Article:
Second, recent research has shown that power outages are becoming more common in the U.S. In 2008, “there were 2,169 power outages in the U.S. affecting 25 million people. In 2011, there were more than 3,000 outages affecting 41.8 million people.” Absent enormous investments in the grid, this trend is expected to continue as power lines get older and weather gets weirder. Meanwhile, there are 64 bases in the U.S. that operate drones by remote control. A power outage at a base during a drone mission would be … awkward.
And it’s not just U.S. bases that need to learn how to generate their own power and handle their own (micro)grids. The U.S. is building drone bases all over the world, often in places with even worse grids than ours. A blackout just yesterday in India left 300 million people in the dark. Autonomous power generation will become more and more mission critical.
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India suffered one of its worst blackouts in a decade this Monday morning when high demand for electricity cut off power to seven northern states and over 360 million people. India’s electricity demand during the hot, dry summer has greatly increased this year, especially in urban areas. Without a good monsoon and due to unusually arid weather, the nation’s electricity grid has been under a lot of strain.
The Amish are best known for their simple living, their plain dress and their reluctance to adopt many of the technological luxuries we take for granted. In many regards, they are among the greenest and most sustainable communities in the US given their farming methods, their recycling of resources, their reliance on horse power and a prohibition on automobiles. However, a new report from Ohio State University on the Amish population in the US has found that a new Amish community is founded, on average, about every 3 1/2 weeks. This would suggest that the Amish are the most rapidly growing community (and religion) in the US!
Read the rest of The Simple Living Amish Are the Fastest Growing Community In the US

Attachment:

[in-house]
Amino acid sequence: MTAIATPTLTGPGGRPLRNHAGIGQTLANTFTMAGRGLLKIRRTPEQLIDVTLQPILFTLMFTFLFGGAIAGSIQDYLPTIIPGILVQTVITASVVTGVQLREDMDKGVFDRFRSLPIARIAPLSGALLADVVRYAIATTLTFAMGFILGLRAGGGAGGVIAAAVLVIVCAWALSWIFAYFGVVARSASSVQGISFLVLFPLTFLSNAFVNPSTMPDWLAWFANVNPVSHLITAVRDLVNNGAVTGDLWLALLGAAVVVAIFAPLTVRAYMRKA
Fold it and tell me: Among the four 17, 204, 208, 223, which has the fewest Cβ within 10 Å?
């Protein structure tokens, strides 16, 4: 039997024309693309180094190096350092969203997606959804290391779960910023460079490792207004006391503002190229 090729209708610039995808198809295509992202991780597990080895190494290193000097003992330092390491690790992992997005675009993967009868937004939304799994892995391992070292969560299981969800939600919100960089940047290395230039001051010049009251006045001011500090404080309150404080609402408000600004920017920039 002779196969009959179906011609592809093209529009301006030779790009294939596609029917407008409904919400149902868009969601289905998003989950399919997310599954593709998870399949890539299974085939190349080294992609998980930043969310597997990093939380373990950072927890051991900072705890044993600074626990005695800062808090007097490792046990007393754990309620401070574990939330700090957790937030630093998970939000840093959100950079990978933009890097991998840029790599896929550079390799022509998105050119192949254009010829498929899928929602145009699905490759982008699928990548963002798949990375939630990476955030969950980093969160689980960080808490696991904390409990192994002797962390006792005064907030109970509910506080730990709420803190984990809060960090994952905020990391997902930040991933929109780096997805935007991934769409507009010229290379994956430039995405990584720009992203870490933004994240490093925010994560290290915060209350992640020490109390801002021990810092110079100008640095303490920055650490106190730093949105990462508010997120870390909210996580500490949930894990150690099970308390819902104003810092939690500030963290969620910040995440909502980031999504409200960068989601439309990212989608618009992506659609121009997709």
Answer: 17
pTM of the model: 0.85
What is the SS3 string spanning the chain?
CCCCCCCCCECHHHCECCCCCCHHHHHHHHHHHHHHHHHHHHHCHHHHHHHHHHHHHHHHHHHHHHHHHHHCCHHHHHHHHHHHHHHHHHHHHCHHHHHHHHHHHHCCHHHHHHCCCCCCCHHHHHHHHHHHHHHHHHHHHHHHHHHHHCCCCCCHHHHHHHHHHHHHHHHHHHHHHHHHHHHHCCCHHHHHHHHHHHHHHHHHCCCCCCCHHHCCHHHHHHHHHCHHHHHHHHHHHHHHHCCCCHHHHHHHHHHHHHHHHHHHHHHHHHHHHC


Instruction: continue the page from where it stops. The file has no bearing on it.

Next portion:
Jul 30, 2012
Companies will have until September 1, 2013, the day the European Union’s updated biocides legislation applies, to prepare for the provisions it introduces. Effective from July 17, 2012, differences between Regulation 528/2012/EU and the previous framework under Directive 98/8/EC include streamlined requirements for approving active substances and authorizing products, including at Union level for certain biocidal products; new provisions aimed at reducing animal testing by making data sharing compulsory; and the introduction of the new European Commission nanomaterials definition. According to the EC, the European Chemicals Agency (ECHA), whose staff dedicated to biocides-related activities will eventually number 100 with an annual budget of EUR 25 million, “will provide a strong scientific and technical back-up to the Commission and the member states under this new regulation.” Regulation 528/2012/EU repeals and replaces Directive 98/8/EC on 1 September 2013.
On July 25, 2012, the Senate Environment and Public Works Committee passed the amended version of the Safe Chemicals Act of 2011 bill (S. 847) to overhaul the Toxic Substances Control Act (TSCA) by increasing reporting obligations of chemical manufacturers and processors and giving the Environmental Protection Agency (EPA) more authority to remove harmful substances off the market. The legislation could be the first major overhaul of federal chemical law since 1976. Notable amendments to the bill include: requiring manufacturers to develop and submit safety data for each chemical produced without duplicate testing and by relying on existing information; prioritizing chemicals based on risk for EPA to focus its resources on evaluating those most likely to cause harm; requiring burden of proof on chemical manufacturers to demonstrate the safety of chemicals produced; restricting uses of chemicals without proof of safety; restricting eligibility of CBI protection; encouraging innovation and development of safe chemical alternatives and expediting the review process. The Committee vote was split along party lines, with every Republican member voting against it. The bill could go to the Senate floor for a vote. See more.